Table Of Contents
Note From The Editor
I. Contemporary Problematiques: Tensions Slavery, Colonization, and Accumulation
- The Social Life of Social Death: On Afro-Pessimism and Black Optimism
- The Vengeance of Vertigo: Aphasia and Abjection in the Political Trials of Black Insurgents
- Chanting Tahreer and Compassion: People as Poetry
- The Wages of Non-Blackness: Contemporary Immigrant Rights and Discourses of Character, Productivity, and Value
II. Intimate Poetics
Morning in the Streets
A Drawing of Breathing
A Guide to Being Palestinian
- Document for U.S. Citizens Who Have Never Applied for a Visa and Have Just About Had It with These Aliens Who Go On and On about Some Letter
and Autumn Leaves
III. Erotics of Co-Existance: Paintings/Photography
- Between Signs, Symbols, and Signals
- The Lonely City
Between Signs, Symbols, and Signals
Oswaldo DeLeón Kantule “Achu”
My visual work in general is directly linked to the historically legacy of colonialism that has threatened the customs and ceremonial rituals of the Kuna way of being. Following the separation of Panama from Colombia in 1903, the process to “civilize” and “Christianize” the Kuna people began in earnest with the arrival of missionaries and, later on, Panamanian police. The Kuna people were forced to change their costumes, mistreated, punished and tortured. As a result of all of this, the Kuna community rebelled in the Tule Revolution of 1925 creating the conditions for a cultural revitalization and dynamism that remains very much alive today. Political negotiation, performances of indigeneity, and violence were important tools of rebellion for the Kunas, which, driven by the Kuna determination to keep their traditions, language and way of life secured a degree of autonomy from the Panamanian state. In 1930, the Panamanian State recognized the San Blas Reserve for the Kunas and in the Law of 1938 they guaranteed the Territory of San Blas. With the Law 16 of 1953, the Panamanian government defined the internal autonomy of the Kuna based on a document negotiated with the Kunas since 1945; with Law 20 in 1957 the Territory was designated an Indigenous Reserve, known today as Kuna Yala or Territory of the Kunas.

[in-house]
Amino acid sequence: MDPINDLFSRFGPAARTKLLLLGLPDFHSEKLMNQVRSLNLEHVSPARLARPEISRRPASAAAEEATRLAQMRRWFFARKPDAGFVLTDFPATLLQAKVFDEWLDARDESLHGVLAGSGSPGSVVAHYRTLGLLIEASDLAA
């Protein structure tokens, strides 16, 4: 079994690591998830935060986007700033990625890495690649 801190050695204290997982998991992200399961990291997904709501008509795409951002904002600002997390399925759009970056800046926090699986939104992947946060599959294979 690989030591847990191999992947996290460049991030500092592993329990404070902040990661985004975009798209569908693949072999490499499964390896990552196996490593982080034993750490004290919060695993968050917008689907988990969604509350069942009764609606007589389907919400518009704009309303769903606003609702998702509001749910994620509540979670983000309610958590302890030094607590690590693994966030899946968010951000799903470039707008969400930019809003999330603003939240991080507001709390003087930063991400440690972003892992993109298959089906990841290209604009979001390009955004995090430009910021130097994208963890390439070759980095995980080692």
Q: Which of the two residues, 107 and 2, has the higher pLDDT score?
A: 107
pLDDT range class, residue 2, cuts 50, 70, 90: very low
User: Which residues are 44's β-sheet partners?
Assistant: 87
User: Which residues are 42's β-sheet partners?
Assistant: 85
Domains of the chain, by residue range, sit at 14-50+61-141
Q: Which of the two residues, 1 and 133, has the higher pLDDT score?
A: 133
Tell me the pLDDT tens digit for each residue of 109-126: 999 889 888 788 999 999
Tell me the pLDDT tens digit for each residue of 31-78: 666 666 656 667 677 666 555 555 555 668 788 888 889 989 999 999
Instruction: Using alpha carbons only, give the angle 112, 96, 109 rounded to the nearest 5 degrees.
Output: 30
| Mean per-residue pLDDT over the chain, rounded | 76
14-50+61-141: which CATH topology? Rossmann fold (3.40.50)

Similarly to what earlier generations of Kuna have done to maintain a vibrant culture, I incorporate Kuna culture and visions to critique current globally, culturally, and humanly destructive practices. The work presented here is primarily about reincorporating the negative effects of human destruction of the planet into a narrative of hope. In “Between Signs, Symbols and Signals,” a compilation of visual art, I draw on Kuna culture and spirituality to address issues of current climate change, pollution and environmental destruction.
Like other traditional artists, my natural, human and spiritual environment inspires my art. As a human being of the 21st century with deep roots in Kuna ancestral culture, I integrate symbols from many different communities and realities into my work. My process is one of fusion: I fuse the sacred symbols found in Kuna pictographs, traditional rites, historical events and ceremonies with those found in other indigenous cultures and also in urban culture, recodifying them to create my own visual language. “Entre Signos Y Señales (Between Signs, Symbols and Signals)”, was composed for el Museo de Arte Contemporaneo de Panama MAC’s (Museum of Contemporary Art Panama) 2010 exhibit “Arte de la primera década del siglo XXI.
Oswaldo DeLeón Kantule (also known as "Achu") was born in Ustupu, Kuna Yala, Panama, in 1964. He began painting (self-taught) in the 1980's. He is a graduate of the Faculty of Fine Arts of the University of Panama. He has exhibited his work in Panama, Cuba, Canada, France, El Salvador, Guatemala, Mexico, and the USA, and his paintings are in private collections in Panama, Cuba, Spain, France, Canada, Germany, Great Britain, Belgium, Portugal, and Argentina.
In 2008, Oswaldo was awarded the Visual Arts prize at the 2nd Biennial of Indigenous Art in Quito, Ecuador. The Macdonald Stewart Art Centre in Guelph, Ontario, has acquired two of his pieces for their permanent collection. Since 2007 he has curated several shows of Latin American art. www.deleonkantule.net